There is no sense organ specifically dedicated to time perception, as there is for other senses such as hearing
and vision. However, this subjective sense of time is fundamental to our conception of reality and it creates the temporal
course of events in our lives. Here, we explored neurobiological relations from the clinical perspective, examining timing
ability in patients with different neurological and psychiatric conditions (e.g. Parkinson’s disease, depression, bipolar
disorder, anxiety disorders and schizophrenia). The neural bases of present distortions in time perception and temporal
information processing still remain poorly understood. We reviewed: a) how the brain is capable of encoding time in
different environments and multiple tasks, b) different models of interval timing, c) brain structures and neurotransmitters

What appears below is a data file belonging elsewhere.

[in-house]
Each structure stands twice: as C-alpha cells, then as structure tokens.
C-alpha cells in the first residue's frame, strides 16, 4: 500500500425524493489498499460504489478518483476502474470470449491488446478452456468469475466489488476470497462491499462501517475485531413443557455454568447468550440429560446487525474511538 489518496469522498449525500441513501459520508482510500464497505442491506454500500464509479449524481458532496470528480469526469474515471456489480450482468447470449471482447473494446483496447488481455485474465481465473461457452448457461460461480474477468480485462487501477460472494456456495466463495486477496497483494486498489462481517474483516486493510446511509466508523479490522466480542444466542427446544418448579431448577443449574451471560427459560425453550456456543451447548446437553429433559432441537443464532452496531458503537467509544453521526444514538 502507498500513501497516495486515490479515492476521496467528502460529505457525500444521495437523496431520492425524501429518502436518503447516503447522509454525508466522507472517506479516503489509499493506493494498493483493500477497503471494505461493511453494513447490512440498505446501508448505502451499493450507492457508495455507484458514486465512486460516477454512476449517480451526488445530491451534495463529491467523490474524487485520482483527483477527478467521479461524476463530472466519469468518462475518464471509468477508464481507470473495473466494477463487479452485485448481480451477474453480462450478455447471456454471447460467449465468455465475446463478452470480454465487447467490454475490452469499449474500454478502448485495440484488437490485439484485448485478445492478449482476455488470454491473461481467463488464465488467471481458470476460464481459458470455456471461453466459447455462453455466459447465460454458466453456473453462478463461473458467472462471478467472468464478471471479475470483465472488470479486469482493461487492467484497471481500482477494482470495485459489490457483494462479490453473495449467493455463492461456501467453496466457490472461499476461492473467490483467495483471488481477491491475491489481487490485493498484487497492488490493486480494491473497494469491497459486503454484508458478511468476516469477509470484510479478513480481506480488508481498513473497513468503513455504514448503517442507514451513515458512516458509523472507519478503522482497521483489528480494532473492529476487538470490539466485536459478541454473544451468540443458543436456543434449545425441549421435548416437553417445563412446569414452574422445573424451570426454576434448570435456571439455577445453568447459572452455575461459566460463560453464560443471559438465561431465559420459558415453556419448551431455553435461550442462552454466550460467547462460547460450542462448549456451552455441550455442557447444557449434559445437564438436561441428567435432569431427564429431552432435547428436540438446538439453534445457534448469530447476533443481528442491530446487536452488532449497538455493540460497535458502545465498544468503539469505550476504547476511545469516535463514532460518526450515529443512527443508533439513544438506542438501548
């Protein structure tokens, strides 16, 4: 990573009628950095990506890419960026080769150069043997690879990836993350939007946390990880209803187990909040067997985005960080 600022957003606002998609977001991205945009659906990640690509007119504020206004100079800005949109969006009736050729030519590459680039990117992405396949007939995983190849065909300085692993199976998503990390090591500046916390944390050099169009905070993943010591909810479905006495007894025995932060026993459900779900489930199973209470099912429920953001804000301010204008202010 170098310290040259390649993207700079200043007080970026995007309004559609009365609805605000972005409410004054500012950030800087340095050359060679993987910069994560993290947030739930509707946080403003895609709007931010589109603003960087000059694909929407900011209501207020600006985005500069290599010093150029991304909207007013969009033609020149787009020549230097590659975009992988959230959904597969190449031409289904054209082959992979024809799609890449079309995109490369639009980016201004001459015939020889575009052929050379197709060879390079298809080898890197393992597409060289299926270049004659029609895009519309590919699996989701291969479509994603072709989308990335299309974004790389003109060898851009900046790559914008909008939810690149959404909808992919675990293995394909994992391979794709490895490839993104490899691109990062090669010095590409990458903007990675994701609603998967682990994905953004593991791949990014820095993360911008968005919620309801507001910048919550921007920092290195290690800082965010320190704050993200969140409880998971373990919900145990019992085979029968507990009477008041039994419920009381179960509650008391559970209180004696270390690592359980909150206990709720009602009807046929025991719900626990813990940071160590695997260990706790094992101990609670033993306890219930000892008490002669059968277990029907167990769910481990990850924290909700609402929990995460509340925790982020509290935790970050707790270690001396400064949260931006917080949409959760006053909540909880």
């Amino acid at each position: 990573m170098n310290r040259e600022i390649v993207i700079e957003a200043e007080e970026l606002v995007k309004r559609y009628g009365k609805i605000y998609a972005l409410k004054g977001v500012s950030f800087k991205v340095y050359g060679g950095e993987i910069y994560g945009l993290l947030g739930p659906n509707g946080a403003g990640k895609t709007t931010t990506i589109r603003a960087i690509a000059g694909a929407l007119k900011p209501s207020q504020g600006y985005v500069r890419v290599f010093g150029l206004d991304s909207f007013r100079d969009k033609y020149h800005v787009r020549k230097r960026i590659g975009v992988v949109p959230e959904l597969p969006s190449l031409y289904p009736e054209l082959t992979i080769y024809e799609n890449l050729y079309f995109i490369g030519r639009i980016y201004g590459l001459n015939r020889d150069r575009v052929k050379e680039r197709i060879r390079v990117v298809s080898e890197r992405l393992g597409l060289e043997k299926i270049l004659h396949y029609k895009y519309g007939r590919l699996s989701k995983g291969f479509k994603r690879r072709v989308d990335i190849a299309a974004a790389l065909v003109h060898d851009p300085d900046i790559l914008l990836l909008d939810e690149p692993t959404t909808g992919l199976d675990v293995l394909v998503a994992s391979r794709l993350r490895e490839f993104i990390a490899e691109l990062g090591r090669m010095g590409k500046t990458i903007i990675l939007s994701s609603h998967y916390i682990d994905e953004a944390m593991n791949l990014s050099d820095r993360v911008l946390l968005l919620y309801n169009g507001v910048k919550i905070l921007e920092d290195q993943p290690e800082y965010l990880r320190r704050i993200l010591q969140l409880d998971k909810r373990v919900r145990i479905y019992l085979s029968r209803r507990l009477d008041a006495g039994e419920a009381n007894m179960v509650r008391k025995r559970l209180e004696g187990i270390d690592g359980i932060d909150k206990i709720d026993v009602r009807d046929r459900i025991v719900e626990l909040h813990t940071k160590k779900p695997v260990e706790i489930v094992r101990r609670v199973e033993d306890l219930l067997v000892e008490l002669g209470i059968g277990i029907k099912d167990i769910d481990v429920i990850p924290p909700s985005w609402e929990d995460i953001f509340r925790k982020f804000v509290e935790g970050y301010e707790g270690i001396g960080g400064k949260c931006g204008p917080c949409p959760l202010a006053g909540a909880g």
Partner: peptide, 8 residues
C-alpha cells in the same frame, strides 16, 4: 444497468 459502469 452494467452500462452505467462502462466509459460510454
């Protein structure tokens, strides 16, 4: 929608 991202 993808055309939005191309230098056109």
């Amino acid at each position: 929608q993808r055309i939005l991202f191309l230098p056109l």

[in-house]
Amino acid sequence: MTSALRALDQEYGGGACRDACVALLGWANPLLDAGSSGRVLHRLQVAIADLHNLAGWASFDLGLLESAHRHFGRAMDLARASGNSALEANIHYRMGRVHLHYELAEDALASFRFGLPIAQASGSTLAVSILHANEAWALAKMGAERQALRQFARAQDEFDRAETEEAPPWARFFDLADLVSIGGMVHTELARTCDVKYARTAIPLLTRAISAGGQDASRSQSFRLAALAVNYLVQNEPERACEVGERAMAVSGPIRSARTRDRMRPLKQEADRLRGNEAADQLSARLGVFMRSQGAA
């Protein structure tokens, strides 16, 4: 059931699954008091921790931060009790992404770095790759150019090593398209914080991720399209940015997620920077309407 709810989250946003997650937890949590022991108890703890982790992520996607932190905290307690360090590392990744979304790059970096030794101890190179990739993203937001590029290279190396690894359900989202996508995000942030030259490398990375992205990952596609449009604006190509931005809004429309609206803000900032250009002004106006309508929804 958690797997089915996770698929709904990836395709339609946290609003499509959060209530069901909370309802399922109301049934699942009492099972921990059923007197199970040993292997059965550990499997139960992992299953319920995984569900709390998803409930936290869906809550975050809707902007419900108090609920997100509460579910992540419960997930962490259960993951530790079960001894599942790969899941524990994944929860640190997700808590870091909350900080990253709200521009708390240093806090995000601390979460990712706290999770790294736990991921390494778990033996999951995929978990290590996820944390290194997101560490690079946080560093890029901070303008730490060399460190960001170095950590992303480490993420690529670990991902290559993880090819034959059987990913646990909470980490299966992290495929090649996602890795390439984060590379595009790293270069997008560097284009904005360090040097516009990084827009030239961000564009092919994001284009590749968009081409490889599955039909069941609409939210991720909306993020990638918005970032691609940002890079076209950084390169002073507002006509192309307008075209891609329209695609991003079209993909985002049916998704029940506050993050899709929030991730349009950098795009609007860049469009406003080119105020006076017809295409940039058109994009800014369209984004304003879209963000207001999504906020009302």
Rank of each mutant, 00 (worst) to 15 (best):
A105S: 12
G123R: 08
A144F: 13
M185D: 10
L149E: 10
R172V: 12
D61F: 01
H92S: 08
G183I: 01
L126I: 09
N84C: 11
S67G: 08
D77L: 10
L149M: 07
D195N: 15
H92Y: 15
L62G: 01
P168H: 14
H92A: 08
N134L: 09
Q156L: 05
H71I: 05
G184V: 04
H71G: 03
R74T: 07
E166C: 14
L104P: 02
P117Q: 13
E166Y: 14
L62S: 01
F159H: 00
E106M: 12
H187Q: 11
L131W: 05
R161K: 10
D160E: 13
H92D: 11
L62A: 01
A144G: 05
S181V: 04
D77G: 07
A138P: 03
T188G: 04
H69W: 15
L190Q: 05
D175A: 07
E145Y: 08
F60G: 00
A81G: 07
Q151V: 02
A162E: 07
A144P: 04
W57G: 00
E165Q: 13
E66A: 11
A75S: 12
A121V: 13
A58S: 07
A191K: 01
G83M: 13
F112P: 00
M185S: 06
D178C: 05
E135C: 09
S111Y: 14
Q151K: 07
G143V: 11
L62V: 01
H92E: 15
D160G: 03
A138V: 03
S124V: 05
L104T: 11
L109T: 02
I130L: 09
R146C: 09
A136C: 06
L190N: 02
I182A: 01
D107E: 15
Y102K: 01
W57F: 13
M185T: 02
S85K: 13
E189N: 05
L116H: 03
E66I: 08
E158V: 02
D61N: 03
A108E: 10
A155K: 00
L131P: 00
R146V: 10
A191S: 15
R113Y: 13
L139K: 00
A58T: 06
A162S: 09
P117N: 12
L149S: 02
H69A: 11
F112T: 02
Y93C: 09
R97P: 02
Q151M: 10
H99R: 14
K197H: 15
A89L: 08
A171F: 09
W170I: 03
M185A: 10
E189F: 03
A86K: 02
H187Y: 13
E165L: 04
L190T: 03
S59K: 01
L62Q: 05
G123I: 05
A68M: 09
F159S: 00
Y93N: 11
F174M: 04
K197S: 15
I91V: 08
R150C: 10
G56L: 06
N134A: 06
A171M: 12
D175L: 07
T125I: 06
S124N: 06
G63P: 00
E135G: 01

associated with time perception, d) the relationship between memory and time perception, e) neural mechanisms
underlying different theories in neural and mental processes, and f) the relationship between different mental diseases and
time perception. Bibliographic research was conducted based on publications over the past thirteen years written in
English in the databases Scielo, Pubmed/MEDLINE, ISI Web of Knowledge. The time perceptions research are executed
to evaluate time perception in mental diseases and can provide evidence for future clinical applications.
Keywords: Anxiety, mood, schizophrenia, Parkinson’s disease, time perception, timing, interval-timing.
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